Tyler Cowen has a post titled “does rigid mobility imply low tax elasticities“.  It is a question driver from this book review by Arnold Kling, of The Son also Rises by Gregory Clark.

I have purchased this book, but haven’t read it yet.  I have also purchased Income Inequality and IQ by Charles Murray, but have only read the first couple of chapters.  As a result, I haven’t even read the pop literature let alone the academic literature!

However, I have done a few economics courses in my time, and I thought I may note the type of framework I would use to understand IQ, income inequality, and the scope for an “efficiency-equity” trade-off.  By doing this, I can help to point out why Cowen’s question is a good one.

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Minimum wage and the “deserving poor”

Via Marginal Revolution I see that there is a paper common confirming the intuition that the minimum wage is a wage of targeting a given view of the “deserving poor”.  Essentially, those with a strong taste for leisure are assumed to be the ones that lose their jobs first in the case of a minimum wage (efficient rationing) and as a result the minimum wage gives a way to “target” our income transfers to those we think are most deserving.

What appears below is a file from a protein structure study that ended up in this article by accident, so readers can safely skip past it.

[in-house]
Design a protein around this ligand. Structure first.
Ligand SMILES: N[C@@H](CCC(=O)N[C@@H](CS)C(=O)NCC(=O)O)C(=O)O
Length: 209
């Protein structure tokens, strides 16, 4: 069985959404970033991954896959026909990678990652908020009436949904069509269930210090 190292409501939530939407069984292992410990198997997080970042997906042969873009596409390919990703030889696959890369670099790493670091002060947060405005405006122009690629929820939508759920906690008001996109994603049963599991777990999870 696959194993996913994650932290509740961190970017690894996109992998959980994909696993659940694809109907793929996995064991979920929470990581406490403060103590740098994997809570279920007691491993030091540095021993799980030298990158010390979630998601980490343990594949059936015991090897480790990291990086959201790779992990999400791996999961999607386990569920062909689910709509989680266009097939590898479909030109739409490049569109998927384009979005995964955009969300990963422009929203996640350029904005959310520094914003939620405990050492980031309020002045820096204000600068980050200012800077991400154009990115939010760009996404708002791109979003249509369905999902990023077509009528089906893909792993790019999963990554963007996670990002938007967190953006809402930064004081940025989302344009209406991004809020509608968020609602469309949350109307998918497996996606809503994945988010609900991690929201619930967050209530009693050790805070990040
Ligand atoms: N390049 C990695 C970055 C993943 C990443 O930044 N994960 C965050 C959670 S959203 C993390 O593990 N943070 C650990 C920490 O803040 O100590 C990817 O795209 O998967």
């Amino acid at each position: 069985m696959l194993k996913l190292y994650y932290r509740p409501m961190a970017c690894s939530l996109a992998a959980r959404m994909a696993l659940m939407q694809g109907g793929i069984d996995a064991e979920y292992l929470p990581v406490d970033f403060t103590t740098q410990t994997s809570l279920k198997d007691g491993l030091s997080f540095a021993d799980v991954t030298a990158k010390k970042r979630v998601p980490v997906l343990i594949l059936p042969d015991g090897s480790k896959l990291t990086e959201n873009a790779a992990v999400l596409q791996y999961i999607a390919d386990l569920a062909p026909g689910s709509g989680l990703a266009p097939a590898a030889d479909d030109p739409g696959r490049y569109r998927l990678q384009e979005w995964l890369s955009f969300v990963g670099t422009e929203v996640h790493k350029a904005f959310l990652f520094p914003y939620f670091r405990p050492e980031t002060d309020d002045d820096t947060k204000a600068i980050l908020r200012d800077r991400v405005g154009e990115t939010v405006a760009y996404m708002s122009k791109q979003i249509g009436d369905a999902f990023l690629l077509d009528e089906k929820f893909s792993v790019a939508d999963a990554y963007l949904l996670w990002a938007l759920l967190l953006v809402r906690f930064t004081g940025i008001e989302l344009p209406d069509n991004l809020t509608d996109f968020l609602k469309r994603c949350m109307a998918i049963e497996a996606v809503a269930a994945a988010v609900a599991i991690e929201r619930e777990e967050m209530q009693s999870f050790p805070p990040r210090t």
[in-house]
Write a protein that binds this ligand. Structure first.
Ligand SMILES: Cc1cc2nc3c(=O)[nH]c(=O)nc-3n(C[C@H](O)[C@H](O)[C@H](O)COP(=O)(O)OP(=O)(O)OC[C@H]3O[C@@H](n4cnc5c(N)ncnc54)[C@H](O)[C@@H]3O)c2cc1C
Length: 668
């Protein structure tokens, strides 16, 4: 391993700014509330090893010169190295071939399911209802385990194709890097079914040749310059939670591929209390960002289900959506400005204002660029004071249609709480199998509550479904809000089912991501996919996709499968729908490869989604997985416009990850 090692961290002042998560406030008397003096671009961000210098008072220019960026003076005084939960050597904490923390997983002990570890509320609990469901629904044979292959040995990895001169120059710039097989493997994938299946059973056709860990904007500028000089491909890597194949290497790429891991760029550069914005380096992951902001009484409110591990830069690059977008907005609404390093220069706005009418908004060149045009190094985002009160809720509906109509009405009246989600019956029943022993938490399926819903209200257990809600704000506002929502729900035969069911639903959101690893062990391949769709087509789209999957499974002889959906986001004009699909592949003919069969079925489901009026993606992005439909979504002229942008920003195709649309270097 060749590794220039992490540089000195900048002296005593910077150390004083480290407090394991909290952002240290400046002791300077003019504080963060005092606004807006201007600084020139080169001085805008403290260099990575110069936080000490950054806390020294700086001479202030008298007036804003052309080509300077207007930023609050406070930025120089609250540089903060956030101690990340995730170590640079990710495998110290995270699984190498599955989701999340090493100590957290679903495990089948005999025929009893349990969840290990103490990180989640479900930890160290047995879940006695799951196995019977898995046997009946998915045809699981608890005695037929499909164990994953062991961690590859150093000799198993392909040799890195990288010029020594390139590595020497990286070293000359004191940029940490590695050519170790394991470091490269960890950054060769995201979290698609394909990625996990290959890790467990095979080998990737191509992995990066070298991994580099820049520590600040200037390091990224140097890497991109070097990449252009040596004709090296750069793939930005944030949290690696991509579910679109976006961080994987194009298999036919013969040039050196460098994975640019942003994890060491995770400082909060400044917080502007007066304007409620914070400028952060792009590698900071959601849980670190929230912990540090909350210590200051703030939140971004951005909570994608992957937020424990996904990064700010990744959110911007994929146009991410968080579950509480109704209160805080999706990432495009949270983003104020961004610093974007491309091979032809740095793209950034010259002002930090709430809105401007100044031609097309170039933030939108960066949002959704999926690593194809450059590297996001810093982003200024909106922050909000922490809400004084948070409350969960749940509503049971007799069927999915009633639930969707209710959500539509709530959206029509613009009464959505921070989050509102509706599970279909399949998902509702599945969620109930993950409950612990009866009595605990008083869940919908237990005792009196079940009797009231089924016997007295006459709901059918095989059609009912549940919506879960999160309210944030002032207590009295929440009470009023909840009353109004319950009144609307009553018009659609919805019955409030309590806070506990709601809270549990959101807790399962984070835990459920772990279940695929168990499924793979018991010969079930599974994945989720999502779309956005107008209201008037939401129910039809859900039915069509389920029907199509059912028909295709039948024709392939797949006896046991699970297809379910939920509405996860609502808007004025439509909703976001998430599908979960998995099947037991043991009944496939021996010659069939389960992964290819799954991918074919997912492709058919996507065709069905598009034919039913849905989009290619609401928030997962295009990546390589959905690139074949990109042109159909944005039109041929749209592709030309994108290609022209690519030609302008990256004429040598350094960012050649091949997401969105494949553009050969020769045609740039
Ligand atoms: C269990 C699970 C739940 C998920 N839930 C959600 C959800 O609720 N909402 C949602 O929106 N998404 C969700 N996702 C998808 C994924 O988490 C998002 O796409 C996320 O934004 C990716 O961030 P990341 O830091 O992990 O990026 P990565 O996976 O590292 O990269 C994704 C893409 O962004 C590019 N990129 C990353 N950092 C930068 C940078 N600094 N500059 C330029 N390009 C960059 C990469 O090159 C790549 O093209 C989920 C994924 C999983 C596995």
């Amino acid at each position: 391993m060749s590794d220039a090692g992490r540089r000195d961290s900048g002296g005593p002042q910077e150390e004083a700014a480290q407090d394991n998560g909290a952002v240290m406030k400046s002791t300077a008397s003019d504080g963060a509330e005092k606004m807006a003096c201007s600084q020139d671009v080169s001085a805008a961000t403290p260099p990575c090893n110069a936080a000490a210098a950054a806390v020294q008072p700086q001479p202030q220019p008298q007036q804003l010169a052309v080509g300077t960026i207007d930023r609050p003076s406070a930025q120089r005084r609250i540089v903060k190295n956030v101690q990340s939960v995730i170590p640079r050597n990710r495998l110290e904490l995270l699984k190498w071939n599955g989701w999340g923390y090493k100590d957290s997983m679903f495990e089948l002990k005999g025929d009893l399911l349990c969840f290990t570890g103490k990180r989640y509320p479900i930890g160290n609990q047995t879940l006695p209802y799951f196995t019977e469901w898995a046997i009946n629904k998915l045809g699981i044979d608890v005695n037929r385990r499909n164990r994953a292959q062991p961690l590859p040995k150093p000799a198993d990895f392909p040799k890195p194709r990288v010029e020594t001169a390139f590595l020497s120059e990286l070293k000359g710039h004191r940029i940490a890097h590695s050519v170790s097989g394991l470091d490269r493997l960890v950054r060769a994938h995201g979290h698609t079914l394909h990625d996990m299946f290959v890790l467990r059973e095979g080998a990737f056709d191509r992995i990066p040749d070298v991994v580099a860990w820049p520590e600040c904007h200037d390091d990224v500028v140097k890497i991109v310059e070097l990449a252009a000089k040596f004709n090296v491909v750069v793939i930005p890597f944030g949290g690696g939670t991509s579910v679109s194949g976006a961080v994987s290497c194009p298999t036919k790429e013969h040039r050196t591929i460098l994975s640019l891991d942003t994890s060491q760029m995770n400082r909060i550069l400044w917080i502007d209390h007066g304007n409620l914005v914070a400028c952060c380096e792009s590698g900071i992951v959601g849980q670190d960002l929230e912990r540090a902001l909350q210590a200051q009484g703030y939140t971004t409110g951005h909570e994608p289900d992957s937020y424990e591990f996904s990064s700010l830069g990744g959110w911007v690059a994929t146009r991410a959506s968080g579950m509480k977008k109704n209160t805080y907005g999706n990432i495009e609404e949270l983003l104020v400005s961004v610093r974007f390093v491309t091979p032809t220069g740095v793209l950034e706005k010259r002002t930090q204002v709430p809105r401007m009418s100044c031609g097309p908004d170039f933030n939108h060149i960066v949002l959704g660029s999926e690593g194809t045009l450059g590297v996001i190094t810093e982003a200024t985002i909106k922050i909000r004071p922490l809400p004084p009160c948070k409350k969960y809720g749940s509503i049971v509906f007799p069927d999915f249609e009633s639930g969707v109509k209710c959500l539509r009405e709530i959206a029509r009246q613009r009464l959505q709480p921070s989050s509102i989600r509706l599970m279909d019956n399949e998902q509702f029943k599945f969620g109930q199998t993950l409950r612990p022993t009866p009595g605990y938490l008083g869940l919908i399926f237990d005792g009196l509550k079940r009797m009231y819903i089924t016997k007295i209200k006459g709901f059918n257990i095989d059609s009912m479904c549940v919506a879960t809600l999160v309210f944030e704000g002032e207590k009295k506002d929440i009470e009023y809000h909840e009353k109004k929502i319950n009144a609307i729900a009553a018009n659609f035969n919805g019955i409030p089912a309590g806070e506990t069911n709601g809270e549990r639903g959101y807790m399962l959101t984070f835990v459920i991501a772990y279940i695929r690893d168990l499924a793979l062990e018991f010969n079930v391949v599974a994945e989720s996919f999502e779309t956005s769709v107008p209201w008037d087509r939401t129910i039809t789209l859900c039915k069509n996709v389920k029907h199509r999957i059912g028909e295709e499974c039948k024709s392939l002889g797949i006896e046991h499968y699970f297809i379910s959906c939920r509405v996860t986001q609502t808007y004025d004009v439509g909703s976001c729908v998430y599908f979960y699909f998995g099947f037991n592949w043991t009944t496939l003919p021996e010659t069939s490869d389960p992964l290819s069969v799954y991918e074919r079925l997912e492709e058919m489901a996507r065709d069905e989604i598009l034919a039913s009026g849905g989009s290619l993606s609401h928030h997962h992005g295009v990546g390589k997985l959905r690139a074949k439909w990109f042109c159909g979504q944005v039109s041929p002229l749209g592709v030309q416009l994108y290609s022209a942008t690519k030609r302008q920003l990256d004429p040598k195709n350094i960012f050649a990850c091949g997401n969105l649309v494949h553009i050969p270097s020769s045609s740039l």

I have so far only skimmed the paper, and the Saez 2012 paper that justifies efficient rationing – so take my comments with a grain of salt.  However, I have two issues with this:

  1. The efficient rationing argument does not appear compelling – the wage will be in excess of the market wage for both types of workers, so the efficient rationing argument seems to rely on a situation where lower labour demand is primarily working through the intensive margin and the “high leisure” individuals are either generally unemployed or loosely tied to the labour market to start with.  I need to think on this point more – but it is the crux of the issue.